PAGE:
White Rose, a civil liberties blog comments on a Reuters report that John Stevens, the Police Commissioner for London, regards compulsory ID cards as essential for fighting terrorism. Both White Rose and Samizdata provide interesting comments on this. E.g. highlighting the contrary nnature of Stevens' comments:

What I am totally against is the business whereby we can trace and follow people who have a normal life. But we do need to have the ability to identify those people who are around doing their business lawfully and those other people who want to create mayhem and effectively destroy our way of life.

So he is totally against tracing and following people who have a normal life but wants to identify people who are doing their business normally! For his purposes, he only needs to identify those who are terrorists and/or criminals.

However another of his statements deserves a response:

The excuse people say is that terrorists and organised criminals get round it. They might do. But in getting round it, it will identify who they are.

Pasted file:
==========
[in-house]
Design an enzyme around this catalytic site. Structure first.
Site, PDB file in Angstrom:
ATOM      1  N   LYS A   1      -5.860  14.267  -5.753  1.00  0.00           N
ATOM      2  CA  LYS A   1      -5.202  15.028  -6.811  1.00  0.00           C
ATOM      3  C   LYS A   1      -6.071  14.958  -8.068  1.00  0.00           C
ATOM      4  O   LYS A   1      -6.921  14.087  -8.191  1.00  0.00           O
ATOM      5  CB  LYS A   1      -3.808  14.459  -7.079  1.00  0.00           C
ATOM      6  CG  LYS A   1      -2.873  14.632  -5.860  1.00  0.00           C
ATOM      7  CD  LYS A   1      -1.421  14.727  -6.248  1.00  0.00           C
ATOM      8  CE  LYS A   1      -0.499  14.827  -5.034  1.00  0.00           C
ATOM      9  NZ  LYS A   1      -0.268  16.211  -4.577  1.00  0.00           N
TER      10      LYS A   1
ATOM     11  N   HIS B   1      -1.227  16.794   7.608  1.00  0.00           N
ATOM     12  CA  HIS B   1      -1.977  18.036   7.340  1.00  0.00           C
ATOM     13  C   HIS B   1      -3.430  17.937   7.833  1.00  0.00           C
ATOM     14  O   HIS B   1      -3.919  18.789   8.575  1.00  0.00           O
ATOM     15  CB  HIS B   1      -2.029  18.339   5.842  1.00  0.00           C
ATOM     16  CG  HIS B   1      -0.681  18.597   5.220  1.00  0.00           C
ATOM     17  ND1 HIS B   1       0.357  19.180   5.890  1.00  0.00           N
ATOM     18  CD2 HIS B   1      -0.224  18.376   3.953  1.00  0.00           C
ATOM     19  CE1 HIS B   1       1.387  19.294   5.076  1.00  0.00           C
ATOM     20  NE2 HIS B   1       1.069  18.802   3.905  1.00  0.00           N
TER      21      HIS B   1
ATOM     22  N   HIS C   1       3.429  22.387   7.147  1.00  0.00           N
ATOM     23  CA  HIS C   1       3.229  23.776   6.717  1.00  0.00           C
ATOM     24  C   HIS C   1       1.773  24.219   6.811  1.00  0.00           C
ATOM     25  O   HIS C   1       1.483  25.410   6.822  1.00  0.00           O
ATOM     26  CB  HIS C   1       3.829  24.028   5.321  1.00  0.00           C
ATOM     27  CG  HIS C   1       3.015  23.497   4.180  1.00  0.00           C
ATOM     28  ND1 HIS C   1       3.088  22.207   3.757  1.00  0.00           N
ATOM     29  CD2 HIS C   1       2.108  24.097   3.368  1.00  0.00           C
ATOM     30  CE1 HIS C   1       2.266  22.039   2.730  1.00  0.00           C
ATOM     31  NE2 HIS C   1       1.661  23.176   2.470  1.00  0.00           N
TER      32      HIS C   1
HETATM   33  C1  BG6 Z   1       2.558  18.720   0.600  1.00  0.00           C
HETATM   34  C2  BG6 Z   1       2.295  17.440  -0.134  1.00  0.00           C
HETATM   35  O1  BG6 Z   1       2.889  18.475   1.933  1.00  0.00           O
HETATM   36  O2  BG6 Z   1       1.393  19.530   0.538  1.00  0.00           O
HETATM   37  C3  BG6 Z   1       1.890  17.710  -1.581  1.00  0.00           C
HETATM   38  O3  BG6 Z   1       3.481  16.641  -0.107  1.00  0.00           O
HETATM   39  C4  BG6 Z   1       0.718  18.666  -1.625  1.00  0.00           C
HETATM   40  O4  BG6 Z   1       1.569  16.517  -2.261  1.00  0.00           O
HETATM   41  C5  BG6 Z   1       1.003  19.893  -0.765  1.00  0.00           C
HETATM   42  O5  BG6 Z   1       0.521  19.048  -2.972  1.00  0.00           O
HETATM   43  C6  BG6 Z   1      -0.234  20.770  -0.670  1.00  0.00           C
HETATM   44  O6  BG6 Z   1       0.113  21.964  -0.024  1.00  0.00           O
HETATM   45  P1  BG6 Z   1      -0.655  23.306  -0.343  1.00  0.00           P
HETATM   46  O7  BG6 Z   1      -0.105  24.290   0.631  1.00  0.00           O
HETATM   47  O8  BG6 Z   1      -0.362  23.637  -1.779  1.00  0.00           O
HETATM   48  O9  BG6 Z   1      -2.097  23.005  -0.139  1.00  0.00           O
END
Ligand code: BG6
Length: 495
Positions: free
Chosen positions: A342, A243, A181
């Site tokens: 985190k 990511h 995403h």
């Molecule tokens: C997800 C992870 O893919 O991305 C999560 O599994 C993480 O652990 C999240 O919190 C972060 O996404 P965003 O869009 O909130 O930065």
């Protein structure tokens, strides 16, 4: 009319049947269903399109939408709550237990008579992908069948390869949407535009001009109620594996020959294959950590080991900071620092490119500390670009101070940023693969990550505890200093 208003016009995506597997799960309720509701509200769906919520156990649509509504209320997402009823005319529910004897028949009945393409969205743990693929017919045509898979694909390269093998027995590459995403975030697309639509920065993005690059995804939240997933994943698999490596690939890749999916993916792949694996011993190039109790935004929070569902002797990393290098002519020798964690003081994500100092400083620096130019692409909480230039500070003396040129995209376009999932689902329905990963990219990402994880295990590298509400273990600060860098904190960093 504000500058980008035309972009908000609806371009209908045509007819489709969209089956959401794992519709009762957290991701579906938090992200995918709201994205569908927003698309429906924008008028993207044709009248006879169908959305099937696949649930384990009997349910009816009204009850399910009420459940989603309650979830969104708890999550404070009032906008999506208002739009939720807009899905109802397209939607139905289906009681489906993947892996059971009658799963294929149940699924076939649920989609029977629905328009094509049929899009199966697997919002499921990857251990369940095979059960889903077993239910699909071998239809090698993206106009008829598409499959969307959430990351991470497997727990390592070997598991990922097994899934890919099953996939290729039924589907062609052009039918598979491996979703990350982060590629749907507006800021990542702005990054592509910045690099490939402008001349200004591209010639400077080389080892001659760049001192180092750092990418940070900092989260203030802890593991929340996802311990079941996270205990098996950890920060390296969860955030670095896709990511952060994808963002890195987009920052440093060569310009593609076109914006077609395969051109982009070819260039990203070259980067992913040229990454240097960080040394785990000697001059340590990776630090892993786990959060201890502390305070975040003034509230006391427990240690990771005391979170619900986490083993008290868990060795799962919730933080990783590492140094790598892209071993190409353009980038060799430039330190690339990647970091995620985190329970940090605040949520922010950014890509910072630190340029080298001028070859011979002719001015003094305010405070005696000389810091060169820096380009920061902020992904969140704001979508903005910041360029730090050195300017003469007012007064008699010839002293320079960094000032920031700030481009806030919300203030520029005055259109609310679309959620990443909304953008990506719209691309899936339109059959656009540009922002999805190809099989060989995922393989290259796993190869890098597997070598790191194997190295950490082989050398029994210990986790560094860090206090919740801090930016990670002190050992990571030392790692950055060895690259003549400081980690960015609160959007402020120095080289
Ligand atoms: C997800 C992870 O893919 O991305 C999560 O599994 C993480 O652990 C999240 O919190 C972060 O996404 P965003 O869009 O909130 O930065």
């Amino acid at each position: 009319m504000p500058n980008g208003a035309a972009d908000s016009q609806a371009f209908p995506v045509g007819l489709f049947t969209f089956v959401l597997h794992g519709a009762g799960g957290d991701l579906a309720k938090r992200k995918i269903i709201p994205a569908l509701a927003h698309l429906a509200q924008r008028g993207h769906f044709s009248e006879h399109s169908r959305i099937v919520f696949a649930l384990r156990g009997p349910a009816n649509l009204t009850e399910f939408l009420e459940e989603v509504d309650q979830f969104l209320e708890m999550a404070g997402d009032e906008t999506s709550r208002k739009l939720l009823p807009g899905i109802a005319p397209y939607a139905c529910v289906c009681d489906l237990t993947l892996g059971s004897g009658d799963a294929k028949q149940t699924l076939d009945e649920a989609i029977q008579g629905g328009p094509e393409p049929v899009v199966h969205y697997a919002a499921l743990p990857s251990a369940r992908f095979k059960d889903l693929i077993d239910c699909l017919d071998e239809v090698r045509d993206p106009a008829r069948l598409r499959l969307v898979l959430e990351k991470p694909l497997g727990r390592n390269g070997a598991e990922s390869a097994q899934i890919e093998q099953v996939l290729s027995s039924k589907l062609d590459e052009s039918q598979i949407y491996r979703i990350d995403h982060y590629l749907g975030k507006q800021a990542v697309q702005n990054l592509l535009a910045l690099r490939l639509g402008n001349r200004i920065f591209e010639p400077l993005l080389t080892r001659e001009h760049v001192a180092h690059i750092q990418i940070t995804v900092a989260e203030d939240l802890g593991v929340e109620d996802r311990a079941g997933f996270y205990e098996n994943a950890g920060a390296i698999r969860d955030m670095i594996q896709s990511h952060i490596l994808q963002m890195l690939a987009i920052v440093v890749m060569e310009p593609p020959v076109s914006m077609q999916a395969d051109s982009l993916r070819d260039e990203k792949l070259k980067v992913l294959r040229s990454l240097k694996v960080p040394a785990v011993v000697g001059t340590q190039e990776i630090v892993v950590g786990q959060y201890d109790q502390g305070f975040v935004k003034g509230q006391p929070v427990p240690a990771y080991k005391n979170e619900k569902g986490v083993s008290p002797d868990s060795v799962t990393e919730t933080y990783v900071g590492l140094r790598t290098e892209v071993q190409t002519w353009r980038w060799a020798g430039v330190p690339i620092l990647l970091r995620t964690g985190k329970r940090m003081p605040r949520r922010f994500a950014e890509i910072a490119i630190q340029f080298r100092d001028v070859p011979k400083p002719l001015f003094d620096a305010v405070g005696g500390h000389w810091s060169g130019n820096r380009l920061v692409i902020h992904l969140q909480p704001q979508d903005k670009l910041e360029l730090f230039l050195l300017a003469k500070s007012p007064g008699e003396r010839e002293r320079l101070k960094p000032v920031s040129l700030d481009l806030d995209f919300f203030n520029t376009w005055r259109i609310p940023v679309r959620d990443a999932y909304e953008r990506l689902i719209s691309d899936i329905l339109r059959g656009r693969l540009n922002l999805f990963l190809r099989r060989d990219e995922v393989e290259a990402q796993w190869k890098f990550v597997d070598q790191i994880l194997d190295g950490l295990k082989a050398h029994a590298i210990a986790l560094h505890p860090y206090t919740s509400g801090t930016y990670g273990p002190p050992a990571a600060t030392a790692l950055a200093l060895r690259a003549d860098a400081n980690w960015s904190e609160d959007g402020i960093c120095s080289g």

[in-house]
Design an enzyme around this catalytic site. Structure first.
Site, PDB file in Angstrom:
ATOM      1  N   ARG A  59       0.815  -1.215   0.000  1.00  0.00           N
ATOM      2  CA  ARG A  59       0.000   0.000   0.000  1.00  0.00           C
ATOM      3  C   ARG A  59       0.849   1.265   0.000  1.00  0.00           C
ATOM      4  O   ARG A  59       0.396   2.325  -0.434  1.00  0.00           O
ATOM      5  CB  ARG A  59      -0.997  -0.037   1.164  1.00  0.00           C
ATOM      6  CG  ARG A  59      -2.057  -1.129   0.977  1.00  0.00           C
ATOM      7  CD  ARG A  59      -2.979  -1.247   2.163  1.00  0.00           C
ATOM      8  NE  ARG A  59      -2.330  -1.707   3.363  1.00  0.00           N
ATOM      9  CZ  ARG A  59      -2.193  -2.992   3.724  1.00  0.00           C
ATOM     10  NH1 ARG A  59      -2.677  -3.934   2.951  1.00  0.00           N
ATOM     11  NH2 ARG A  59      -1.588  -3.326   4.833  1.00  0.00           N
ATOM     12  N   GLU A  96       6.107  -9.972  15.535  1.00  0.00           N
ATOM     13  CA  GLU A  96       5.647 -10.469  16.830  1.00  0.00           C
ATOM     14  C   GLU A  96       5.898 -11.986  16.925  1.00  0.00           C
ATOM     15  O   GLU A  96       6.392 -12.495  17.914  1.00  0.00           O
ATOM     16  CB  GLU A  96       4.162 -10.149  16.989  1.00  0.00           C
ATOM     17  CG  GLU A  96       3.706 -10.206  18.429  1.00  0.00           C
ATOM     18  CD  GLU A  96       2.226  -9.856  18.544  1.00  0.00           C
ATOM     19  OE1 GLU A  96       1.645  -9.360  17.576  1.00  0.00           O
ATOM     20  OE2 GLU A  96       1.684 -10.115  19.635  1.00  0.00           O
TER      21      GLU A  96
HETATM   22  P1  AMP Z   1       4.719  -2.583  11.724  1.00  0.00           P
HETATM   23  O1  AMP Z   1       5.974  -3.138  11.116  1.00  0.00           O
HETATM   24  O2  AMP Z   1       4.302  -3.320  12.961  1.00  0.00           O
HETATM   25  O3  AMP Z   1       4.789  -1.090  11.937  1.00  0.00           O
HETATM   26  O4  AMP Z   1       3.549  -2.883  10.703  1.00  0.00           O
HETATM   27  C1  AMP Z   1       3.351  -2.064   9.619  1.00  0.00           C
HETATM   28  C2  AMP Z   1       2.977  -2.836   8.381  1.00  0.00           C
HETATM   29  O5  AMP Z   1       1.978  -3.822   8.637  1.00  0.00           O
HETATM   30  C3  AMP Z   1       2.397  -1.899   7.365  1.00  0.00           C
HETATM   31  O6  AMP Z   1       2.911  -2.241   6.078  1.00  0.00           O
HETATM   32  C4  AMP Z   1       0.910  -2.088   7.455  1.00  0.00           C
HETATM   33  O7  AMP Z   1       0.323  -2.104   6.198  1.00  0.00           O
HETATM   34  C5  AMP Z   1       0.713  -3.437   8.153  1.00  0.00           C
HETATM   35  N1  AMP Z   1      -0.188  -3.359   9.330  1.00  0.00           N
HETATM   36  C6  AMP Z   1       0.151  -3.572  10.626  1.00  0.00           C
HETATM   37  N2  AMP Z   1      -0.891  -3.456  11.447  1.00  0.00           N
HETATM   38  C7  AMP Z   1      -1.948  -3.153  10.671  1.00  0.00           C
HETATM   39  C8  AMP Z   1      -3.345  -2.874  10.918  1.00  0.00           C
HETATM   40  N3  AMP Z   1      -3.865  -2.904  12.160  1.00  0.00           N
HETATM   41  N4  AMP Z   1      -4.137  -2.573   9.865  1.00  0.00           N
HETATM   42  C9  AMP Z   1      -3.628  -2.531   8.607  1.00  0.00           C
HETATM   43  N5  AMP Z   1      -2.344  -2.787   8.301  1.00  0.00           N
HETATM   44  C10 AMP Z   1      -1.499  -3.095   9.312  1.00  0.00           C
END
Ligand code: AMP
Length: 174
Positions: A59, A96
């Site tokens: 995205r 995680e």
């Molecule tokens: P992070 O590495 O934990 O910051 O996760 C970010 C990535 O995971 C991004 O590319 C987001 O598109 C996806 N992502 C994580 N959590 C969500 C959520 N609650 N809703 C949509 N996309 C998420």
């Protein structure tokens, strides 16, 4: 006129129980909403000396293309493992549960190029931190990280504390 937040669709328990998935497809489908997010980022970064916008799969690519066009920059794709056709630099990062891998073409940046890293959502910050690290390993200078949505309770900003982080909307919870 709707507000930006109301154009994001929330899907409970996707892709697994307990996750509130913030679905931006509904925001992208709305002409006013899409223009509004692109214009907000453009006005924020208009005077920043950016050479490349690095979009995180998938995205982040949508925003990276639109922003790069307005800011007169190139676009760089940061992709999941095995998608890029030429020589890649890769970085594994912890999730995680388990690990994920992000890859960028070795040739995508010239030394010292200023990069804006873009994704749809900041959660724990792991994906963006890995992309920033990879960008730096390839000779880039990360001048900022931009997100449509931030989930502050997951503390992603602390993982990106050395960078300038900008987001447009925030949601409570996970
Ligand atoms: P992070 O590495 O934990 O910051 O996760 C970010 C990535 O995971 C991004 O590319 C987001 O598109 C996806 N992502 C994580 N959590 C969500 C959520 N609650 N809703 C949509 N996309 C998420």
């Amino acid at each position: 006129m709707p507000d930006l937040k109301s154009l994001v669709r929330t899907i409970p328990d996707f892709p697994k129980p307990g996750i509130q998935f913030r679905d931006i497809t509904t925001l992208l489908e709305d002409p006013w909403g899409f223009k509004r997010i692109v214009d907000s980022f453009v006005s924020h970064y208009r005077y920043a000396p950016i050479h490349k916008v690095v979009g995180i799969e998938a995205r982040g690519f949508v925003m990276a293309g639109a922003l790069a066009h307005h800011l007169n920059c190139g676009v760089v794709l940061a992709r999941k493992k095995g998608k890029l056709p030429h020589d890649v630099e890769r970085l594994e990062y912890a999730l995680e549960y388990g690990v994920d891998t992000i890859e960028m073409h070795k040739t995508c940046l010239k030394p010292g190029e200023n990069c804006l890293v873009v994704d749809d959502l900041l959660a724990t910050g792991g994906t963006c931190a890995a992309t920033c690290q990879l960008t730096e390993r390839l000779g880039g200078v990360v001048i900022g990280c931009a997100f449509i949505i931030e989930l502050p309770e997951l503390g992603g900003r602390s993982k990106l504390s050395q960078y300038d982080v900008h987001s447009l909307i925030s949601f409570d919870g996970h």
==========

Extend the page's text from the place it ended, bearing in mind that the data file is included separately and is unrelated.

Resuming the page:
This is simply wrong. All of the hijackers on 9/11 had apparently valid travel and identity documents. "Getting round it" did not identify them as terrorists and in fact involved elaborately established false identities. And here's the nub of the problem. The possession of a valid ID card will not indicate whether you're a terrorist or a criminal unless you get convicted as such and continue to operate under that identity (without e.g. bribing officials to wipe the slate clean). Real terrorists will operate under false identities and recruit people who haven't got criminal records and won't attract attention to carry out their plans.